On the other hand, if you want to drive your customer crazy and lose their business in the process than just follow the following formula:
Go to the ends of the earth to satisfy your customers needs one day and then totally ignore them the next.
This lack of consistency if extreemly frustrating to your customers who are counting on you to come through for them. They have production schedules and delivery deadlines to meet, and if they can’t count on you to deliver on their expectations, you will lose the trust you built up in the sales process. In turn they will seek out a more consistent, more sensible solution provider.
“Consistency = Trust and Trust = $$$” – Richard Elmes
When you consistently come through for them the level of trust in the relationship rises. And when the level of trust is increased, your customer will resist jumping ship to another competitor. Even when their offer appears more attractive on the service.
Because your customers will ask themselves the follow question, “Can I count on the new suppliers ability to come through for me and deliver on their promises, or will they let me down in my time of need?”
And the answer is “I don’t know.” That fear of being let down is not very attractive to people who stand to lose a lot if that happens.
Some of the keys to bringing more consistency to your relationship is to:
- Walk your Talk: Simply do what you say you will and deliver on your promises.
- Don’t over Sell: Make sure your marketing materials and sales presentation are not over-promising on what you can deliver. Because if you over-promise and under-deliver, then you will have a frustrated (former) customer to deal with
- Set realistic delivery times: Setting unrealistic delivery times is a recipe for failure.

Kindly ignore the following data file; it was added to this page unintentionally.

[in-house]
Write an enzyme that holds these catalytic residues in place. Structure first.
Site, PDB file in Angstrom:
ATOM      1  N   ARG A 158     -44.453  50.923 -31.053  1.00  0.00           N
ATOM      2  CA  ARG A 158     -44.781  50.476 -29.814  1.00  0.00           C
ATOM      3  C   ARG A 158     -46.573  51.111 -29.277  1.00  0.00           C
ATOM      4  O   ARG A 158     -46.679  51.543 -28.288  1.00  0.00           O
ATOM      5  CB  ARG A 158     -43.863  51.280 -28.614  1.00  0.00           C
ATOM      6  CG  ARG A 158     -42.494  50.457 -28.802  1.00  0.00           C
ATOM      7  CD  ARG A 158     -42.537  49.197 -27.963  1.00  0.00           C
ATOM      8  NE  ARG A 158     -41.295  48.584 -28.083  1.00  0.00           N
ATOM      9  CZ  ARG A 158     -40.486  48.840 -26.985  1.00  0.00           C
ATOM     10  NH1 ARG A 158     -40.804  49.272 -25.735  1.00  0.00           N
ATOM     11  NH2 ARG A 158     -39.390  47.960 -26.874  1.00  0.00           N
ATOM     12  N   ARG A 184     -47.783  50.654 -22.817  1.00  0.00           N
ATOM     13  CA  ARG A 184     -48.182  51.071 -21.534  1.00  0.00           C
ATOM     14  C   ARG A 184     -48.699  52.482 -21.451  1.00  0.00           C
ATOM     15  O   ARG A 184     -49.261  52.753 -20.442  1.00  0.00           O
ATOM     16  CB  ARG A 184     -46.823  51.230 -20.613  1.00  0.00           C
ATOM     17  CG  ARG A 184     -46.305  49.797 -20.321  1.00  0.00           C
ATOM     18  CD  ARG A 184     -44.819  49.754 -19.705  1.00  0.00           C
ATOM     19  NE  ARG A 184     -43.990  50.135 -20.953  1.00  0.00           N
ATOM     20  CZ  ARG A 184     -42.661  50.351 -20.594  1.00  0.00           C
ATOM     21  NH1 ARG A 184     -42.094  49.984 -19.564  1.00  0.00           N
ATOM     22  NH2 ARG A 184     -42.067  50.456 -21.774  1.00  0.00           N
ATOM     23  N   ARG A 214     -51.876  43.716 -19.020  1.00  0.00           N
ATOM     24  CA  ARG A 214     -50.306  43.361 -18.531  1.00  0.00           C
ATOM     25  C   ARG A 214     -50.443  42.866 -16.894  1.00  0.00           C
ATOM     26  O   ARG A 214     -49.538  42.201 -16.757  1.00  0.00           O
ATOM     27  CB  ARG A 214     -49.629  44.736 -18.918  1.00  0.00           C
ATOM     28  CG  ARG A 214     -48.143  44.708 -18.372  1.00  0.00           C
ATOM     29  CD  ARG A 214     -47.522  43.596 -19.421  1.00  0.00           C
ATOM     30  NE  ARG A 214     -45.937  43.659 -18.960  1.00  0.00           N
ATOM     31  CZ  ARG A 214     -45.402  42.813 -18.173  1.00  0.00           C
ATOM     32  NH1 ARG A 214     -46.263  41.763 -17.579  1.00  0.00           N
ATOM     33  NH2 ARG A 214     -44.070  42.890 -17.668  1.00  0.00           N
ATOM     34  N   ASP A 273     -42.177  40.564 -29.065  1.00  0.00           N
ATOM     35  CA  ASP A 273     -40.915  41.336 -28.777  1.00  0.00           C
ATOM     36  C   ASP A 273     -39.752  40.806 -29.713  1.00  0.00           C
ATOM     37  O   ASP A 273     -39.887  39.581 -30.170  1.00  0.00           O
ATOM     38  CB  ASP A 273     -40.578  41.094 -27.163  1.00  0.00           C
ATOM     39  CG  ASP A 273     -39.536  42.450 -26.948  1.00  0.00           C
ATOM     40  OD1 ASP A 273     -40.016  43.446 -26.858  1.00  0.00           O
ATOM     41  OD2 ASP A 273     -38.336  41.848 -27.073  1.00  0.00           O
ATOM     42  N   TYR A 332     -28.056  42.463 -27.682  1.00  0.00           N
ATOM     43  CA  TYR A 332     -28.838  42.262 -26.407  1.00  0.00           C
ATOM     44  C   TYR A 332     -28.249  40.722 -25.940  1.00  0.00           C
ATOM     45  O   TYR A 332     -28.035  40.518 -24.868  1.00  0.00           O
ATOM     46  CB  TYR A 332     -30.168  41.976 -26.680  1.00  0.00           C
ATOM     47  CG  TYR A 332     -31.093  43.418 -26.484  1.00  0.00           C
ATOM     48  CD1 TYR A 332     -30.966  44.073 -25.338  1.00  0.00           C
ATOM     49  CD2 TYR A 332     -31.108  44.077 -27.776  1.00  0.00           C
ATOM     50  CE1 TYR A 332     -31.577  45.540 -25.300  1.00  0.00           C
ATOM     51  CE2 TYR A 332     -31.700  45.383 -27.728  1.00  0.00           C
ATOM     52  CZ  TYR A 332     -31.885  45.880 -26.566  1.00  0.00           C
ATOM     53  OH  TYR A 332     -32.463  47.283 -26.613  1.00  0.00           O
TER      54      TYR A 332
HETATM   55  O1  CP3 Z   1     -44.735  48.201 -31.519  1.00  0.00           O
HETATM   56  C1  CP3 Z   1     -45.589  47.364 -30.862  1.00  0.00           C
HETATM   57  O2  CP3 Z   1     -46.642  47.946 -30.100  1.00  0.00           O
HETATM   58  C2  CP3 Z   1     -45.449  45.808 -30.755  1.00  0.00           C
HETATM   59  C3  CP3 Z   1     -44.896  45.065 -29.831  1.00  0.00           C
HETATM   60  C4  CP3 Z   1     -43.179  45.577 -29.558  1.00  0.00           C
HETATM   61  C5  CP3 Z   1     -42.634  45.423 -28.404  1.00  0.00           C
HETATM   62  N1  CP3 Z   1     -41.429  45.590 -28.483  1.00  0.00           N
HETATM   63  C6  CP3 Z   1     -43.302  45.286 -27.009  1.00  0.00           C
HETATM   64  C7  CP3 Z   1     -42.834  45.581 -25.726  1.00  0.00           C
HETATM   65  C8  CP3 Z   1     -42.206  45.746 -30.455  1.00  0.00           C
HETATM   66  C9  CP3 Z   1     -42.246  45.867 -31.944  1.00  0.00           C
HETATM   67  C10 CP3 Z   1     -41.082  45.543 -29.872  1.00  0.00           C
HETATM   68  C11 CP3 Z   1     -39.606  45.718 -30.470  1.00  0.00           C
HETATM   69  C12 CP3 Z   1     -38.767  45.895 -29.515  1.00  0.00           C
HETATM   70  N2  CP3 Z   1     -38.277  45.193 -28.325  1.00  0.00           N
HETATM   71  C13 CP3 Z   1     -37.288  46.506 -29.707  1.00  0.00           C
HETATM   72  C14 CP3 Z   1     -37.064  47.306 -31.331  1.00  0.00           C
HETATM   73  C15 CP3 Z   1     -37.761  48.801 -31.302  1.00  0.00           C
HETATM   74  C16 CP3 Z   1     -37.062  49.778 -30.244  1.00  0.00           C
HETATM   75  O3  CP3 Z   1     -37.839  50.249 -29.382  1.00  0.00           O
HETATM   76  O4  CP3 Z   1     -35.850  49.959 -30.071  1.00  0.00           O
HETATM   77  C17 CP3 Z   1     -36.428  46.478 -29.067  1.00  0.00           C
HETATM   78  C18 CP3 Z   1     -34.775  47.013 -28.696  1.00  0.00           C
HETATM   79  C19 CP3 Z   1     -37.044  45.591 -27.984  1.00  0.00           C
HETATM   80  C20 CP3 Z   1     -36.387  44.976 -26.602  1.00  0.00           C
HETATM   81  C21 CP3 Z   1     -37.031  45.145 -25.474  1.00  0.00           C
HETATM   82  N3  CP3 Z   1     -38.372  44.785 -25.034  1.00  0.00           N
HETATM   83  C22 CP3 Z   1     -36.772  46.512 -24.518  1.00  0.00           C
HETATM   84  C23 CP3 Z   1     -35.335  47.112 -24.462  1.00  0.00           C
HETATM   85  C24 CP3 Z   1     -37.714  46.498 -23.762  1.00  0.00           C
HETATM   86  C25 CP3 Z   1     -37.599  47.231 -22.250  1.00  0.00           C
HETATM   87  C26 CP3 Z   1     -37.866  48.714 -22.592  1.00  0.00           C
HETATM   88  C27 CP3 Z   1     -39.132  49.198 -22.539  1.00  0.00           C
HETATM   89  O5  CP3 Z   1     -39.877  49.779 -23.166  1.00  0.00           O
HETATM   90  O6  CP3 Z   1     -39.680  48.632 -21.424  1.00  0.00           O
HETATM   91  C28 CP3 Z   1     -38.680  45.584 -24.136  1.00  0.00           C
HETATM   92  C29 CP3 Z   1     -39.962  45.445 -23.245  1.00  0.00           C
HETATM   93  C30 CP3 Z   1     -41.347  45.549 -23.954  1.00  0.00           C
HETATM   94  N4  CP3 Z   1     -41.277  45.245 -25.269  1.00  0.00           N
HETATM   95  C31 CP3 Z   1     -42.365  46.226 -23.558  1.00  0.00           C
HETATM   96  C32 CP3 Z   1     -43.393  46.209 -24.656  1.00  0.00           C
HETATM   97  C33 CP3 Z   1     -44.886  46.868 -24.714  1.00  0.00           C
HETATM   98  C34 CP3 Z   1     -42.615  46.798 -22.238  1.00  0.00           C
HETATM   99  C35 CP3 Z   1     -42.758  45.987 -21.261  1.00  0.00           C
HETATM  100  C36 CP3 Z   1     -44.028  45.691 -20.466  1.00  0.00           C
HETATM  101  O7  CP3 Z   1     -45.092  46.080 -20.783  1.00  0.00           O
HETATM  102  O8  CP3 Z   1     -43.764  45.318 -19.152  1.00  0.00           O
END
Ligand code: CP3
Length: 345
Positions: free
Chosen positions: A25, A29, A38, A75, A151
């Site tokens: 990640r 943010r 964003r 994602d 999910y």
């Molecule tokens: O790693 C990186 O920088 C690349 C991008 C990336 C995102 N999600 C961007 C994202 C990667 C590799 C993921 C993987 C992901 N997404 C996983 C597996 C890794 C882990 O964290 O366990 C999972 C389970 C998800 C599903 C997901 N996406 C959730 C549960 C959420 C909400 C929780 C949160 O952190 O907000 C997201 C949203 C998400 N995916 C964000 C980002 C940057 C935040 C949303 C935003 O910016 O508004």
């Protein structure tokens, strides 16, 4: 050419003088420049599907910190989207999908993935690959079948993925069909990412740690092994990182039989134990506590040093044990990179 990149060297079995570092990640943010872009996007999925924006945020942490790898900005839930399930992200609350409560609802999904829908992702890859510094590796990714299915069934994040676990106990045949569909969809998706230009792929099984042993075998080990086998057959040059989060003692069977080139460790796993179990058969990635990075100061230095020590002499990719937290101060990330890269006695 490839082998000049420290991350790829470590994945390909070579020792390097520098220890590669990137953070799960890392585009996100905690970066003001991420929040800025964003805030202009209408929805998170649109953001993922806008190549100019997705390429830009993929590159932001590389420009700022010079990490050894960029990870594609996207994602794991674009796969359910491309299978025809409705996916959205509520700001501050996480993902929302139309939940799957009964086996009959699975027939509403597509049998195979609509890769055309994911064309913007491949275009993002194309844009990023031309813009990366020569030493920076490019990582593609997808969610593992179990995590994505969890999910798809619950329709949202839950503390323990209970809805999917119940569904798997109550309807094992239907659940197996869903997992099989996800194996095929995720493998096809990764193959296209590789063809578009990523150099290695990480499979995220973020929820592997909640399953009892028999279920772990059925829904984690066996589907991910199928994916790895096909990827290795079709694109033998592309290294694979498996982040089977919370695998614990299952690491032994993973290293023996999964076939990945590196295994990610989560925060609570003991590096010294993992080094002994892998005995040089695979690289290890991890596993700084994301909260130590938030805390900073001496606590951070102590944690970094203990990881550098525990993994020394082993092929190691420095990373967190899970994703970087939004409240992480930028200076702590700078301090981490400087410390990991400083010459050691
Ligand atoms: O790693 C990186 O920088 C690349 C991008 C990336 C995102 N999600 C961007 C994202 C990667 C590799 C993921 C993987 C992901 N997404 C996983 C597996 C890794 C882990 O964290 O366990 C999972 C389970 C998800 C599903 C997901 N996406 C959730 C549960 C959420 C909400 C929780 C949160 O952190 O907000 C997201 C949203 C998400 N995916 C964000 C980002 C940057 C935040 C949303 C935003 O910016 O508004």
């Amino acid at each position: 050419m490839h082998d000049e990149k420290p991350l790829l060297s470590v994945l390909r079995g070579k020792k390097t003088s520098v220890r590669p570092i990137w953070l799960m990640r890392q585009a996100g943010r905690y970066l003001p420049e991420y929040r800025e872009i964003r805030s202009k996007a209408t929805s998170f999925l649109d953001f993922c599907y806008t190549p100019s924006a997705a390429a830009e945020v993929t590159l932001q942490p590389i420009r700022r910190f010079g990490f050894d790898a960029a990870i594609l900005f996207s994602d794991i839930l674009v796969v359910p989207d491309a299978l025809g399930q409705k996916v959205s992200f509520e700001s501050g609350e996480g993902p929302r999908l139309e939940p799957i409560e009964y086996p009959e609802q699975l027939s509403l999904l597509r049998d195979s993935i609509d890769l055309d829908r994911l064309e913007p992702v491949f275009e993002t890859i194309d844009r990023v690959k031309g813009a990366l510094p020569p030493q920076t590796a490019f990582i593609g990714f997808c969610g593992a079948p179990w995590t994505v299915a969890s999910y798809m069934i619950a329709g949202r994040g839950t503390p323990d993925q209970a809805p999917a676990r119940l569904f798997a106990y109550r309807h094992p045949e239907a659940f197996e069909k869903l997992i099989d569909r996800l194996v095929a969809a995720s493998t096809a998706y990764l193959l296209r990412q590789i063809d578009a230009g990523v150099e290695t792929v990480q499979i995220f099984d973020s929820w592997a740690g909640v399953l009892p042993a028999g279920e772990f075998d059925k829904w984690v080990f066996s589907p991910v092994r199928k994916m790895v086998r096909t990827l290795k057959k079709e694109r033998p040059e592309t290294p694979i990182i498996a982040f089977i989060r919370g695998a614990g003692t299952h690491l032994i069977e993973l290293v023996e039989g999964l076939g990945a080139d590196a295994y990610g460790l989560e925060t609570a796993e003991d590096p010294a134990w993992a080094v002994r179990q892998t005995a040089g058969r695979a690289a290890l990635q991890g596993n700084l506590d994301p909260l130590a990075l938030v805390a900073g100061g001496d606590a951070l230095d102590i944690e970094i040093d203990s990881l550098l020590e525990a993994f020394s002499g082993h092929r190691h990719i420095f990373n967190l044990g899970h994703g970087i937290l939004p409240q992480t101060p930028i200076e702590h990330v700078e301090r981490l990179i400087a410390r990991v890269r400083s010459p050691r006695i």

- Be congruent: Make sure your appearance and what you say are consistent with your message and with your customers. (ie. Don’t wear the 3-piece suit if you are selling to farmers
So, remember that if you are Consistent with your Customers than they will find that sexy and they will be more likely to be consistant (in placing orders) with you.
In my business I occasionally get the opportunity to conduct a “Ride-along” with a Sales Representative. Meaning I ride along for the day to observe and coach that individual in the field.
This is a powerful tool for teaching, “in-the-moment”. As an observer I have the opportunity to watch, listen and feel what the rep is going through as they visit their customers.
One of the tips that I give to many reps that are visiting the same customers on a regular basis (route sales) is to make sure they are always winning.
I catogorize the wins into different levels.
The ultimate win is to secure some business.
However, a Sales Professional can still make each call a productive one by walking out of the call with at least some information that will help them build the relationship, determine needs or effectively present their solutions. I call these small wins, because there are constantly moving the sales process along. And moving it closer to the ultimate win.
Because you can’t close every deal, but you can make sure you move the process along and win on every call.